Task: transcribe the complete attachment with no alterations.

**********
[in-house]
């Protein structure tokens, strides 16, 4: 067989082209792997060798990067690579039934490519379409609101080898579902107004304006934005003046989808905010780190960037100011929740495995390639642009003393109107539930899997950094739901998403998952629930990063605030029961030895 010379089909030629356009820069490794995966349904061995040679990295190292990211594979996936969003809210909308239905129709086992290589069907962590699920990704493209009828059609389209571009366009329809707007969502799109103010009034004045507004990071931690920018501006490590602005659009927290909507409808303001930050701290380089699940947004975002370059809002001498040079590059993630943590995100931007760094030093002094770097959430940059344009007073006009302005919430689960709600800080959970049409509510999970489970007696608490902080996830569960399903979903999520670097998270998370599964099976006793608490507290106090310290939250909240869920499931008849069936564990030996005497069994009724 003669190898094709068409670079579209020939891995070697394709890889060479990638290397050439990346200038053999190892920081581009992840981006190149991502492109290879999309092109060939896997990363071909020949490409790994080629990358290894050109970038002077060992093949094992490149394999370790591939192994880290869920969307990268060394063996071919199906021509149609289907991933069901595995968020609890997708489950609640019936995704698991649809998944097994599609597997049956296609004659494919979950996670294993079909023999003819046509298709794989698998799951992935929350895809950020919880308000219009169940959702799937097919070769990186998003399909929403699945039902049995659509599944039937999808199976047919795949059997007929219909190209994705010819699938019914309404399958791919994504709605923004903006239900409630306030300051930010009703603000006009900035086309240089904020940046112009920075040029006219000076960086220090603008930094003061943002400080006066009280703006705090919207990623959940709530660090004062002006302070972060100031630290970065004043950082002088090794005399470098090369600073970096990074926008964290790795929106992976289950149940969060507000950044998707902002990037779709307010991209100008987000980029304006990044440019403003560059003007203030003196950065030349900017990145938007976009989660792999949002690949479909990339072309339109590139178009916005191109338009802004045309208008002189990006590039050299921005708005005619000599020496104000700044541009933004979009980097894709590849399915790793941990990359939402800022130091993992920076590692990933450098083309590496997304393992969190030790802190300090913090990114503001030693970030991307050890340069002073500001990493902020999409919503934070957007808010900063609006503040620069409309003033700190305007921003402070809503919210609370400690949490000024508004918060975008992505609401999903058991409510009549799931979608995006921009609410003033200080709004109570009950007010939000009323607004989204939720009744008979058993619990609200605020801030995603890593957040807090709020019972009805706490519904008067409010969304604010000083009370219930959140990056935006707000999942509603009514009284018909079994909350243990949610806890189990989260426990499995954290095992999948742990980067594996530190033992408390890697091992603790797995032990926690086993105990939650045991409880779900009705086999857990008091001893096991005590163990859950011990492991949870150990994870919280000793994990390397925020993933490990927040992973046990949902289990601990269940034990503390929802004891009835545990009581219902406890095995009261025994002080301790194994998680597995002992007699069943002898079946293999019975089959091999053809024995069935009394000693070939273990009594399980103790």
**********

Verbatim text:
[in-house]
């Protein structure tokens, strides 16, 4: 067989082209792997060798990067690579039934490519379409609101080898579902107004304006934005003046989808905010780190960037100011929740495995390639642009003393109107539930899997950094739901998403998952629930990063605030029961030895 010379089909030629356009820069490794995966349904061995040679990295190292990211594979996936969003809210909308239905129709086992290589069907962590699920990704493209009828059609389209571009366009329809707007969502799109103010009034004045507004990071931690920018501006490590602005659009927290909507409808303001930050701290380089699940947004975002370059809002001498040079590059993630943590995100931007760094030093002094770097959430940059344009007073006009302005919430689960709600800080959970049409509510999970489970007696608490902080996830569960399903979903999520670097998270998370599964099976006793608490507290106090310290939250909240869920499931008849069936564990030996005497069994009724 003669190898094709068409670079579209020939891995070697394709890889060479990638290397050439990346200038053999190892920081581009992840981006190149991502492109290879999309092109060939896997990363071909020949490409790994080629990358290894050109970038002077060992093949094992490149394999370790591939192994880290869920969307990268060394063996071919199906021509149609289907991933069901595995968020609890997708489950609640019936995704698991649809998944097994599609597997049956296609004659494919979950996670294993079909023999003819046509298709794989698998799951992935929350895809950020919880308000219009169940959702799937097919070769990186998003399909929403699945039902049995659509599944039937999808199976047919795949059997007929219909190209994705010819699938019914309404399958791919994504709605923004903006239900409630306030300051930010009703603000006009900035086309240089904020940046112009920075040029006219000076960086220090603008930094003061943002400080006066009280703006705090919207990623959940709530660090004062002006302070972060100031630290970065004043950082002088090794005399470098090369600073970096990074926008964290790795929106992976289950149940969060507000950044998707902002990037779709307010991209100008987000980029304006990044440019403003560059003007203030003196950065030349900017990145938007976009989660792999949002690949479909990339072309339109590139178009916005191109338009802004045309208008002189990006590039050299921005708005005619000599020496104000700044541009933004979009980097894709590849399915790793941990990359939402800022130091993992920076590692990933450098083309590496997304393992969190030790802190300090913090990114503001030693970030991307050890340069002073500001990493902020999409919503934070957007808010900063609006503040620069409309003033700190305007921003402070809503919210609370400690949490000024508004918060975008992505609401999903058991409510009549799931979608995006921009609410003033200080709004109570009950007010939000009323607004989204939720009744008979058993619990609200605020801030995603890593957040807090709020019972009805706490519904008067409010969304604010000083009370219930959140990056935006707000999942509603009514009284018909079994909350243990949610806890189990989260426990499995954290095992999948742990980067594996530190033992408390890697091992603790797995032990926690086993105990939650045991409880779900009705086999857990008091001893096991005590163990859950011990492991949870150990994870919280000793994990390397925020993933490990927040992973046990949902289990601990269940034990503390929802004891009835545990009581219902406890095995009261025994002080301790194994998680597995002992007699069943002898079946293999019975089959091999053809024995069935009394000693070939273990009594399980103790």